Animal studies

In 1988, Taheri et al10 implanted a center-hinged bileaflet valve constructed from platinum or a pyrolite carbon-covered titanium frame into the femoral vein of dogs. Prior to implantation, the valves were tested for fatigue and wear for 5 months, with only one valve developing a crack next to a cusp hinge. Additionally, flow and hydrodynamic pressure studies demonstrated that regurgitation was almost 48%. However, after 2 years of follow-up, it was reported that all the implanted valves had growths of dense intima hyperplasia that rendered them nonfunctional.11

Although, the long-term results of this study were poor, one could argue that there was promising evidence that modification could extend the life of the valves sufficiently to be clinically useful.

An early clinical experiment with a cryopreserved decellularized allograft, when used as a conduit for arteriovenous fistula (AVF), was shown to be promising, inciting very little antigen response, as determined by panel reactive antibody.12 Thus a decellularized venous valve allograft could minimize the immunologic burden of donor cells. Additionally, this material has also been used in heart valve replacement, where it demonstrated a similar lack of antigen response and acceptable valve function.13

However, in 2003, when Teebken et al14 designed a prosthetic valve using a decellularized allogenic ovine vein and subsequently implanted this valve into the external jugular vein of sheep, the results were disappointing. Twenty four grafts were used without any anticoagulation, and all of them were completely occluded after 6 weeks.

Even though this, the only existing animal study using decellularized venous valve allograft, had a negative outcome, this method still seems to hold promise. The method has been used successfully in other vascular beds,12,13 and further studies examining its use with anticoagulation are needed.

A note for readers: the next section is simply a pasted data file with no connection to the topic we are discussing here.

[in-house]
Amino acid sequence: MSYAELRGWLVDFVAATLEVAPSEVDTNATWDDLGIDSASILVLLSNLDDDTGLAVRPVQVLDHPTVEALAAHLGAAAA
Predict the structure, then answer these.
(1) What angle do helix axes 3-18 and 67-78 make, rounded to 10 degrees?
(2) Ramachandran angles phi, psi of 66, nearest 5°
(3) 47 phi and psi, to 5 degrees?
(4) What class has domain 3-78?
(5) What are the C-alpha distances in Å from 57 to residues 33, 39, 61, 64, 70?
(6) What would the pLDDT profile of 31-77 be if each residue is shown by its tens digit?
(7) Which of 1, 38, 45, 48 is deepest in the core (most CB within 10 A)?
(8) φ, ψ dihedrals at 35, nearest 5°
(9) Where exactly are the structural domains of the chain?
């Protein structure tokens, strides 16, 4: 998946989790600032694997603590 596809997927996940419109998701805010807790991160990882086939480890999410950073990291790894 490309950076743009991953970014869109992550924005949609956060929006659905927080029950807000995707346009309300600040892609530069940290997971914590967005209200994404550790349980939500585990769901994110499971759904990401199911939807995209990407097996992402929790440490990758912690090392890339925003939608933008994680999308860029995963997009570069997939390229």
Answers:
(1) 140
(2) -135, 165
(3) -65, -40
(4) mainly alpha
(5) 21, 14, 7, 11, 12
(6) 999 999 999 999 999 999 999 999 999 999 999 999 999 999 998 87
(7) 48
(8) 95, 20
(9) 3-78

Burkhart et al evaluated the patency rate and hemodynamic behavior of a cryopreserved allograft venous valve in dogs in 1997.15 In this study, the dog recipients had pre-established lower limb venous insufficiency and were transplanted with cryopreserved veins containing valve allografts that were matched with dog erythrocyte antigen. The whole process was aided by the construction of a distal AVF. After subsequent ligation of this high-flow distal AVF that had been functioning for 3 to 6 weeks, all the transplants remained patent and competent for 3 more weeks, after which the recipients were sacrificed for histological examination. The histological results showed that endothelial cells were identified on the luminal surface only, and there was no presence of thrombus even in the cusp sinuses.

Clinical studies

These promising results triggered the initiative for a phase 1 multicenter feasibility study.16 During the first 6 months of follow- up, the primary patency and competency rates were 67% and 56%, respectively, indicating that a low-grade rejection phenomenon might be affecting the function of the valves. In 2003, Neglen et al17 reported the long-term results of this clinical study: after 2 years of follow-up, the percentage of cryovalves that remained both patent and competent was 27%. The authors concluded that cryovalve insertion was associated with high morbidity, high occlusion rate, poor cumulative midterm rate of patent graft with competent valve, and poor clinical results. The procedure should not be used as a primary technique for valve reconstruction, and it is questionable whether it is useful even in patients in whom autologous reconstruction techniques have been exhausted. However, if cryovalves are to become a viable alternative for valve repair, improved cryopreservation techniques, immunologic modifications, or better matching must be achieved.